Mesothelioma is a unique and rare form of cancer, typically affecting the lining of the lungs, caused by exposure to asbestos fibers. Usually not diagnosed until symptoms appear, sometimes decades after exposure to asbestos, patients are left with few treatment options as the disease rapidly progresses. The treatments at this point are often palliative and are intended to control pain, stop bleeding, and relieve pressure. Now, according to a study published in The Lancet Oncology, offering dignity therapy, an individualized, short-term psychotherapy, can help improve a patient’s quality of life, increase a sense of dignity and alter the way patients were seen and appreciated by their family.
In the study, investigators from the University of Manitoba, Winnipeg, MB, Canada, randomly assigned dignity therapy, client-centric care or standard palliative care to 165 patients with a life expectancy of less than six months. Focusing on reduction of distress and self-reported end-of-life experiences, the researchers’ goal was to determine whether dignity therapy could mitigate distress or bolster the experience in patients nearing the end of their lives.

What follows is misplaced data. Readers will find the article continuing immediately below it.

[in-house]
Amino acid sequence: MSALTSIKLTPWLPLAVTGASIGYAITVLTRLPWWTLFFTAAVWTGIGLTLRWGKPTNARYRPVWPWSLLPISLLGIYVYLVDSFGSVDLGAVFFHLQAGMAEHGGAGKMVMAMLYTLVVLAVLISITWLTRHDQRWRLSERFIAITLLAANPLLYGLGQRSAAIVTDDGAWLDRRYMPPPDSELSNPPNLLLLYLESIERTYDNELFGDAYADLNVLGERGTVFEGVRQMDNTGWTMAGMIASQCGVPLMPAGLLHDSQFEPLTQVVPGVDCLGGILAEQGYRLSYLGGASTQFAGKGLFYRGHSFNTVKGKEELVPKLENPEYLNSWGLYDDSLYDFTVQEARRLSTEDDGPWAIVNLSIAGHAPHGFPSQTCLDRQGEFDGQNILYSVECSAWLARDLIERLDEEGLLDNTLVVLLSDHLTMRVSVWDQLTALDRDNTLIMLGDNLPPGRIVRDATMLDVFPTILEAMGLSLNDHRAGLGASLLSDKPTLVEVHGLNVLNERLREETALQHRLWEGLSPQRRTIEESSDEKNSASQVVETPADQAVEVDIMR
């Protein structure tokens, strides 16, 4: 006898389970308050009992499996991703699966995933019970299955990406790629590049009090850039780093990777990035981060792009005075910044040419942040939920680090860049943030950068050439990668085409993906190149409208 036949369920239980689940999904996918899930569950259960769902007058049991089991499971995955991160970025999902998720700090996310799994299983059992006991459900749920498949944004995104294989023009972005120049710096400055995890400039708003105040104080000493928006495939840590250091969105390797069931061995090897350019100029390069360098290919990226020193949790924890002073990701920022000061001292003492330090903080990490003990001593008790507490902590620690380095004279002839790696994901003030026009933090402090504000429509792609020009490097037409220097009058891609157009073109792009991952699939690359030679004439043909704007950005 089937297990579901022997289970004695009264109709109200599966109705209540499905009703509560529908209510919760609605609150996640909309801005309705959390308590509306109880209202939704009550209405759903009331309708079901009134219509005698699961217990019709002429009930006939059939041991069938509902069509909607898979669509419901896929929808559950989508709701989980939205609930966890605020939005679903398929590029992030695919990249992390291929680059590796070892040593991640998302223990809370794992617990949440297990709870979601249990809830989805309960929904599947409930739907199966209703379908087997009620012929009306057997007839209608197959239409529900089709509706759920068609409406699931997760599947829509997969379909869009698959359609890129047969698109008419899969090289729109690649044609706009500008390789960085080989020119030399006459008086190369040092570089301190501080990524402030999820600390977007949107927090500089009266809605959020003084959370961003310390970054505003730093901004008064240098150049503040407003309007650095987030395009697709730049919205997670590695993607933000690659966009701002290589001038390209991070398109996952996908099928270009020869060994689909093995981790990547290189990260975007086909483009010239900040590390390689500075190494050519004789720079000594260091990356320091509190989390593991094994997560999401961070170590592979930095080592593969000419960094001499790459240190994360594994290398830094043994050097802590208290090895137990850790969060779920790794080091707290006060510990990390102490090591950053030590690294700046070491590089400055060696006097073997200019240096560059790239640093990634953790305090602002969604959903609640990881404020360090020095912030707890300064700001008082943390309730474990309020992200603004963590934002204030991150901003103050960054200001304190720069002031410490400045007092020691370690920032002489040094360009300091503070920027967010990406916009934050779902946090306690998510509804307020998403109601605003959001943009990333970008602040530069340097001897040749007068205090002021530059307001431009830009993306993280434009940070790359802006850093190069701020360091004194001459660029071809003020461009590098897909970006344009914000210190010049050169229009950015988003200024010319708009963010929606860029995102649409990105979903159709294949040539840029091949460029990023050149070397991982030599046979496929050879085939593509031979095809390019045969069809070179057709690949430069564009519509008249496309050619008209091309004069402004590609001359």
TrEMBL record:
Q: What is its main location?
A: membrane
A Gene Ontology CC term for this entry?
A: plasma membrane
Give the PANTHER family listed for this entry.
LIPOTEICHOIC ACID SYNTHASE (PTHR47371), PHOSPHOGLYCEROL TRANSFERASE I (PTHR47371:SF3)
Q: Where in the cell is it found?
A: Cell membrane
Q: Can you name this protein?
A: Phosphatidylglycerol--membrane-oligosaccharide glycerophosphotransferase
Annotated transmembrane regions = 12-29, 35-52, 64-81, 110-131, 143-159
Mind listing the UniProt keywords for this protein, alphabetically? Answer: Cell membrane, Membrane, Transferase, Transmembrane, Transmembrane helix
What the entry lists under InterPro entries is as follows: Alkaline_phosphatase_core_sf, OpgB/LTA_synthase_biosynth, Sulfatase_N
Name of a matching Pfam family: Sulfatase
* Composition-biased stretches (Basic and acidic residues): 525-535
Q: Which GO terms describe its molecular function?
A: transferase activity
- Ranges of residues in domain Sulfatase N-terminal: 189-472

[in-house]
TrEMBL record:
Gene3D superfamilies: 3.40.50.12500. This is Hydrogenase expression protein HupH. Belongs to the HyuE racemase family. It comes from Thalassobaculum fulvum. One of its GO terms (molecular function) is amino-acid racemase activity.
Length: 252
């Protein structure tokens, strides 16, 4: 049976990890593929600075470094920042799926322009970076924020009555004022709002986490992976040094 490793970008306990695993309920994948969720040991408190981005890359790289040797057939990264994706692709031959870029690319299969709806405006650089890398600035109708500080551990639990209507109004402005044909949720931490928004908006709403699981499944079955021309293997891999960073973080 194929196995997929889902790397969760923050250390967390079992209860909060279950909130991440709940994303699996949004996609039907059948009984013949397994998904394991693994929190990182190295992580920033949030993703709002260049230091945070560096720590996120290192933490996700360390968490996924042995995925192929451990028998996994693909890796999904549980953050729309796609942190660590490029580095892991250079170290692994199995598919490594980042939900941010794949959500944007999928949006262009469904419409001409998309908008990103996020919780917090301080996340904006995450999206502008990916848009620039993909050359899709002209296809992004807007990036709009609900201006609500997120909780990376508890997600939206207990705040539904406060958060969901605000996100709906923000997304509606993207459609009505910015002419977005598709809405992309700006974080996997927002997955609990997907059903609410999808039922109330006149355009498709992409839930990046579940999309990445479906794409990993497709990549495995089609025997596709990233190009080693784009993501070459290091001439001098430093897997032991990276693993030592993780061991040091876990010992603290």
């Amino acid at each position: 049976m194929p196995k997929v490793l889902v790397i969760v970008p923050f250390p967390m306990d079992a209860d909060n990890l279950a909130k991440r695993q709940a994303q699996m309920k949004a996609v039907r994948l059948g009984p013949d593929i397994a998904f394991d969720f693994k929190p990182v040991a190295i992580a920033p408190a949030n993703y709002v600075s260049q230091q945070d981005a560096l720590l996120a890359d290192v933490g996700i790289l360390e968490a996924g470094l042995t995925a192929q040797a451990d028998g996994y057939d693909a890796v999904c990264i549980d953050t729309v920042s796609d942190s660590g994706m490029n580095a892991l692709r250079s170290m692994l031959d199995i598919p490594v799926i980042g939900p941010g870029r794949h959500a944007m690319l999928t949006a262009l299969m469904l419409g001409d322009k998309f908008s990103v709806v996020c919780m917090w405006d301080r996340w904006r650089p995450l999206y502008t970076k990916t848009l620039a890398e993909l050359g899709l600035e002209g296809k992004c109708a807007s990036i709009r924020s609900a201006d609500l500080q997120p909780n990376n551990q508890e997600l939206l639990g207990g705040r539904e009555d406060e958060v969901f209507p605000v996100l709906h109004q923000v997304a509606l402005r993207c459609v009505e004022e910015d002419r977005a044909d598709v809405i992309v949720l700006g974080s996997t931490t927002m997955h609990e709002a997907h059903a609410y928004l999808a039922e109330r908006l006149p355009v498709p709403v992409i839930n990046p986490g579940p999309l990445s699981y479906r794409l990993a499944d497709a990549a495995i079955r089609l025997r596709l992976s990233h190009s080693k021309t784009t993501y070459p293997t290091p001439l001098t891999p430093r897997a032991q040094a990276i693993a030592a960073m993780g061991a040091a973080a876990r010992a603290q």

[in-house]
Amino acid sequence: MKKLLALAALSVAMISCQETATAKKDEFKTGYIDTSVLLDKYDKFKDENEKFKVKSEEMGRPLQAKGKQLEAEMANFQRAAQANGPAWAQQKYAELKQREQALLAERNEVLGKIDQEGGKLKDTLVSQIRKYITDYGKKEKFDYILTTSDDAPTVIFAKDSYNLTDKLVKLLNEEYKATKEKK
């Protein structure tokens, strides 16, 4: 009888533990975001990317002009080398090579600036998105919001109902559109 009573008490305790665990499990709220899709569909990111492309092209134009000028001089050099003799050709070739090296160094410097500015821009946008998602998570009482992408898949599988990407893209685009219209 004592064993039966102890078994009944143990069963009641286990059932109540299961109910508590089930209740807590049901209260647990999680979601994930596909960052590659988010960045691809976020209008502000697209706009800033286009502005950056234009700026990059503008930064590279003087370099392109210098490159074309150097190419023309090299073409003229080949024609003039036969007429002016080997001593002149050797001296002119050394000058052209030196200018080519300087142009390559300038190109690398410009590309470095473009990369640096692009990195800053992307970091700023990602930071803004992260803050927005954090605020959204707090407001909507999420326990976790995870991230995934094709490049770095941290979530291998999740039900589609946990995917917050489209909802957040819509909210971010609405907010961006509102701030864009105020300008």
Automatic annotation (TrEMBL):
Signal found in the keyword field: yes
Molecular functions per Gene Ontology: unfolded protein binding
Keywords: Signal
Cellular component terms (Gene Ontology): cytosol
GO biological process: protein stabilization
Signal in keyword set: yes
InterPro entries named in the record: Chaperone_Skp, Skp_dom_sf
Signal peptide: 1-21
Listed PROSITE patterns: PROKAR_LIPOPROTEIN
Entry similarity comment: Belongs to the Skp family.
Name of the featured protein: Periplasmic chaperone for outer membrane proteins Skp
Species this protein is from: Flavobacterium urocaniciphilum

While no significant differences were noted in the distress levels before and after completion of the study in the three groups, self-reported spiritual well-being and lessening of sadness or depression were significantly improved in the dignity group compared to the other two groups without dignity therapy. The researchers concluded that the benefits of dignity therapy “in terms of self-reported end-of-life experiences support its clinical application for patients nearing death.”
Oftentimes, mesothelioma patients and their family turn to a hospice program when the patients no longer respond to the prescribed treatment plan, and their primary caregiver needs support caring for their loved one. Hospice is designed to improve the quality of a patient’s last days by offering comfort and dignity, and often allows the patients to remain in their own home surrounded by their loved ones. This approach can be combined with dignity therapy to further support the patient.
Further, in the American Society of Clinical Oncology’s guidelines released in January for care of patients with advanced cancer, they stated that with palliative care “patients with advanced cancer are given the opportunity to die with dignity and peace of mind.” With palliative care, the expectation is that the patient will maintain a good quality of life until the end.
The authors of the study added, “Future research exploring the beneficial effects of dignity therapy will help to unravel the psychological, spiritual, and existential complexities for an individual facing death.”